Researchers from the Massachusetts Institute of Technology (MIT) assured the people of Earth that the planet's geomagnetic field is not in danger of flipping out anytime soon.
Based on their calculations, Earth's geomagnetic field is still currently stable, RD Mag reported.
The study conducted by MIT researchers seem to be in response to a warning recently issued by NASA. According to the space agency, the level of intensity of Earth's geomagnetic field has been for the last 200 years. At this rate, the field could bottom out in 2,000 years, Inquisitr has learned.
Once this happens, the planet's north and south magnetic poles will reverse and will leave Earth vulnerable to the charged particles emitted by the sun. With a weakened magnetic field due to the reversal, the radiation from the sun's particles could affect electronic devices on Earth. This occurrence can also affect the natural navigation system used by animals that rely on the magnetic fields like a compass.
Aside from these effects, the cases of skin cancer might also increase because of the reversal of the geomagnetic field since the Earth's protective layer against direct radiation from the sun will disappear.
But, after backtracking and calculating the intensity of Earth's geomagnetic field for the past five million years, MIT researchers discovered that it is twice as stable that what was seen in the past.
This means it will take a very long time before Earth's magnetic field bottoms out.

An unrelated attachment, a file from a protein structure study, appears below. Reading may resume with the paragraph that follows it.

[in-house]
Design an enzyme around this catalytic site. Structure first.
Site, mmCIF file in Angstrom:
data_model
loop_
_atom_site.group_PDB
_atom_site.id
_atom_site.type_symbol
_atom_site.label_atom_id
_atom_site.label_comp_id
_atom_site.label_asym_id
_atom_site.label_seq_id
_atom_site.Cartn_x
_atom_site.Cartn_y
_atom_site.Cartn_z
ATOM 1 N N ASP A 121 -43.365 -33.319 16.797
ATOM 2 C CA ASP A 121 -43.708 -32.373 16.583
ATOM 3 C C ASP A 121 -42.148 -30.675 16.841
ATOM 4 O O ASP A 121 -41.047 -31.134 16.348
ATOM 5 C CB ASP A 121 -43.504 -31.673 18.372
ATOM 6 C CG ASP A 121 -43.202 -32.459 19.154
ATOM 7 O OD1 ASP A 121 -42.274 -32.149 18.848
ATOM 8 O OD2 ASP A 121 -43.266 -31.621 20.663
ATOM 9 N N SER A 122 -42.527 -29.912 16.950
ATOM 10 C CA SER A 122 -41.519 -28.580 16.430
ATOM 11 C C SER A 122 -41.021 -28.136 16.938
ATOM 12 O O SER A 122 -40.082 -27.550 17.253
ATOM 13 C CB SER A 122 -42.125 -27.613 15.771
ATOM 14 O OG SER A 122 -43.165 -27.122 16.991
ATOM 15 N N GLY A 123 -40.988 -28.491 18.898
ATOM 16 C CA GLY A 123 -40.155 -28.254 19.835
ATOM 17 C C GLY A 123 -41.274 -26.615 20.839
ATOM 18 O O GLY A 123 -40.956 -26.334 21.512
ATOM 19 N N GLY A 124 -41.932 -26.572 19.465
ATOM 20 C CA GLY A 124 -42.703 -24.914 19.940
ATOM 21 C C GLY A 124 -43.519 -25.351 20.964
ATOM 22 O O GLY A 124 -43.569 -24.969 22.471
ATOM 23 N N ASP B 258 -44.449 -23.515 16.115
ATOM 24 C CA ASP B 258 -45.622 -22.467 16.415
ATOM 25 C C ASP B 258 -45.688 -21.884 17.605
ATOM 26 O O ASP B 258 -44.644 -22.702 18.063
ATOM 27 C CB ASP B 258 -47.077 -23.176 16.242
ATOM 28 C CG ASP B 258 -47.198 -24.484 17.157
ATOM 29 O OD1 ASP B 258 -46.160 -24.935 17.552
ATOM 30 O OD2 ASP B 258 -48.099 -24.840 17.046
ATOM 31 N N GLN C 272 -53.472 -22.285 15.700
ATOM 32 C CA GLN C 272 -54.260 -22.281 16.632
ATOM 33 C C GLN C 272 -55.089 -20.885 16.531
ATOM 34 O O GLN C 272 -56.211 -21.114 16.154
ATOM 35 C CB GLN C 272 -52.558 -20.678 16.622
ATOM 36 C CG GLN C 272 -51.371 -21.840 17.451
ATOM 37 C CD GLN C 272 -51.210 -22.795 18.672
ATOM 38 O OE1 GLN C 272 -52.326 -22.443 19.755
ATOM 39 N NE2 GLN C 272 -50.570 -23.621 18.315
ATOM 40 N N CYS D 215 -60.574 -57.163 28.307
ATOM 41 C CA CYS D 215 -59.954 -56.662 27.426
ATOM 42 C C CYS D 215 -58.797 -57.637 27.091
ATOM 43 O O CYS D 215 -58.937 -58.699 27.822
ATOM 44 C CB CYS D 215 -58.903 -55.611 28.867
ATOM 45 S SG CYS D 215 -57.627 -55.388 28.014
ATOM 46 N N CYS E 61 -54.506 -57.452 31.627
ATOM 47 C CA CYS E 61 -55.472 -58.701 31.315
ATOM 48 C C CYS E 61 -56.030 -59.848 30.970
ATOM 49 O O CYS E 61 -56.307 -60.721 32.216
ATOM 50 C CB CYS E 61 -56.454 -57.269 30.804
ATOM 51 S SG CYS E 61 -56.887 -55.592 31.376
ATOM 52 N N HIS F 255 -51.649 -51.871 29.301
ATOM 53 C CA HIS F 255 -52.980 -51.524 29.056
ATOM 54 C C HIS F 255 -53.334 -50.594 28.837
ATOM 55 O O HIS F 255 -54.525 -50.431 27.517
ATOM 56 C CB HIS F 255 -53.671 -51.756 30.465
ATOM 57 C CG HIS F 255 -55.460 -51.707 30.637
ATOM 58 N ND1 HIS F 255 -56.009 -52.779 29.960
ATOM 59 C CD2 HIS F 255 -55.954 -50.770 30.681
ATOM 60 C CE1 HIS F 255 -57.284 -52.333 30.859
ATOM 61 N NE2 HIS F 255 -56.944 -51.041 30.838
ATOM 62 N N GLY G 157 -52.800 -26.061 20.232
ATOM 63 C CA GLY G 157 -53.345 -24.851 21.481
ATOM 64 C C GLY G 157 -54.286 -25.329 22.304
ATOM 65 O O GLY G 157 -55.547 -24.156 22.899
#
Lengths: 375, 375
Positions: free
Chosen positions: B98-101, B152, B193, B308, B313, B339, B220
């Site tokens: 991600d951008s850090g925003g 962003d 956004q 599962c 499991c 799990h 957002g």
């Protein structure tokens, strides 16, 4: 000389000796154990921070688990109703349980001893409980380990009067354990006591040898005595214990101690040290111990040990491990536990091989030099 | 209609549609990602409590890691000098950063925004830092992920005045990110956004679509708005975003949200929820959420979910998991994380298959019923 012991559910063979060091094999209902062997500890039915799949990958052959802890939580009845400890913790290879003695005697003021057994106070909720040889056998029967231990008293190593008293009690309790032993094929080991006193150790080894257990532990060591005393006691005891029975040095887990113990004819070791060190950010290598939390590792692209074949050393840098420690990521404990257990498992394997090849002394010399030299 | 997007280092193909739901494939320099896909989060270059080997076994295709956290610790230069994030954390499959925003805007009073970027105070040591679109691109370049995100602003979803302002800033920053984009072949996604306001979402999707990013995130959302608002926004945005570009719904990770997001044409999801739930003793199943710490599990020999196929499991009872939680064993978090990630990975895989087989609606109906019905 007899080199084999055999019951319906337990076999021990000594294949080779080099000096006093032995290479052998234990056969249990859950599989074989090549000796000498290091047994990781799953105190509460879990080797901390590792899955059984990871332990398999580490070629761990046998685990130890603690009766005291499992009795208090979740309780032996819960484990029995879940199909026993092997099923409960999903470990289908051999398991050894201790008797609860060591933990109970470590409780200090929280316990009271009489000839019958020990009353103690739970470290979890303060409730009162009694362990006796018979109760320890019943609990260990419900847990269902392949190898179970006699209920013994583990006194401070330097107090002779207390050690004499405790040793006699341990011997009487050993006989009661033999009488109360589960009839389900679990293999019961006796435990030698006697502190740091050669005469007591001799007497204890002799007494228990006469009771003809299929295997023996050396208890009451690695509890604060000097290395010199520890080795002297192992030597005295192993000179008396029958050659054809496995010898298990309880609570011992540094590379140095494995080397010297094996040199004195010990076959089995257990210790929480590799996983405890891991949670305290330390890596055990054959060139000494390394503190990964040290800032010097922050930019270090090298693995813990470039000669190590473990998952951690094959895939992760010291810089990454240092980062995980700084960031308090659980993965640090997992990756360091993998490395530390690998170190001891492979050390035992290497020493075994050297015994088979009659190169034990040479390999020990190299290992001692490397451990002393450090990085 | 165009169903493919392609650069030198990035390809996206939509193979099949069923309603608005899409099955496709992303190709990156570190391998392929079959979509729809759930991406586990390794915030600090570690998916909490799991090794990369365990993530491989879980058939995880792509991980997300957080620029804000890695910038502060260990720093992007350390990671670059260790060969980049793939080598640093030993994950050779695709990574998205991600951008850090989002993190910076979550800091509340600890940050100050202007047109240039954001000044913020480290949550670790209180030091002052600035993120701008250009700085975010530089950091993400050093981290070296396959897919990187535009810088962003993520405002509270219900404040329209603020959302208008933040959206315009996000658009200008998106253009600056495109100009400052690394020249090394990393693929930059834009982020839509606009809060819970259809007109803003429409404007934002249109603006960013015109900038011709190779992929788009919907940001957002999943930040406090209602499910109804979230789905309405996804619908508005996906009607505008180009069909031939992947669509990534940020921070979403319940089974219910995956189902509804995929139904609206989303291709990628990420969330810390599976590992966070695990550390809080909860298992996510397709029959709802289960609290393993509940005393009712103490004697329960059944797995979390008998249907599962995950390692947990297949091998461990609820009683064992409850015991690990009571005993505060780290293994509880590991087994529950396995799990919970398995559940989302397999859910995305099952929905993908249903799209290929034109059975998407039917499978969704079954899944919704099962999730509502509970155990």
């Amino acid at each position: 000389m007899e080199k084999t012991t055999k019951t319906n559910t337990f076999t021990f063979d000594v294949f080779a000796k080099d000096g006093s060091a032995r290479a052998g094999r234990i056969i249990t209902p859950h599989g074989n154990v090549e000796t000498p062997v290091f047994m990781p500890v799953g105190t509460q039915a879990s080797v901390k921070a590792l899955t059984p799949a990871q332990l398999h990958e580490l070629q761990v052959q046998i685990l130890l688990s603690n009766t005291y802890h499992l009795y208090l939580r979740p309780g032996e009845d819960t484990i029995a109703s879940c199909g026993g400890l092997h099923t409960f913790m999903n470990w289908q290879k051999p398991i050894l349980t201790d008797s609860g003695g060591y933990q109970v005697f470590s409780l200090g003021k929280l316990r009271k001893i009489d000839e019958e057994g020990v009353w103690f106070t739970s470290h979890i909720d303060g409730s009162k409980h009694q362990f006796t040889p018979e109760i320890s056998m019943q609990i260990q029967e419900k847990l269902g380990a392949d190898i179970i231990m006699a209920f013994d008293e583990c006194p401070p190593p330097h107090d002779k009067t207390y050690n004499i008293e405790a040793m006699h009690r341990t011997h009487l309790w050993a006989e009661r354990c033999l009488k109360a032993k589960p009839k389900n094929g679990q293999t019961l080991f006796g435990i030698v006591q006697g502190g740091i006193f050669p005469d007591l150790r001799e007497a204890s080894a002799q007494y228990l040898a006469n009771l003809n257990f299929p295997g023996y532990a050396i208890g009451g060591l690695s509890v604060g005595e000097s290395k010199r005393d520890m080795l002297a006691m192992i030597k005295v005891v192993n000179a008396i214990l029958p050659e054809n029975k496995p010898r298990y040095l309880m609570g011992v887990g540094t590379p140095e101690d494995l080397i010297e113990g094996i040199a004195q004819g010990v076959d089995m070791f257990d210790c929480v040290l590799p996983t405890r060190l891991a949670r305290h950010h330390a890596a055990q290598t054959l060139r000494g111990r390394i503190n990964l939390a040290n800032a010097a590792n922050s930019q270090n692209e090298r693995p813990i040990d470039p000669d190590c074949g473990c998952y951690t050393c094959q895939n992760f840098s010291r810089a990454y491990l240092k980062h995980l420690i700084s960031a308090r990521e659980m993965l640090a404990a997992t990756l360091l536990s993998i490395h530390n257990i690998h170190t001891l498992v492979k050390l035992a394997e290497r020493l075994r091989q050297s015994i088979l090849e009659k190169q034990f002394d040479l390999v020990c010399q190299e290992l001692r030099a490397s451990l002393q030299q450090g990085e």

"It makes a huge difference, knowing if today's field is a long-term average or is way above long-term average," the study's lead author Huapei Wang said in a press release. "Now we know we are way above the unstable zone. Even if the [field intensity] is dropping, we still have a long buffer that we can comfortably rely on."
Wang also noted that even if the intensity of the field drops significantly, it could rise up again over time.
"What I can say is, if you keep a constant present-day decrease rate, it will take another 1,000 years for the field to drop to its long-term average," he explained. "From there, the field intensity may go up again."
"There's really no way to predict what will happen after that, given the random nature of the magnetohydrodynamic process of the geodynamo," Wang added.
The findings of the researchers about the current status of Earth's geomagnetic field were detailed in a report published on November 23 in the journal Proceedings of the National Academy of Sciences.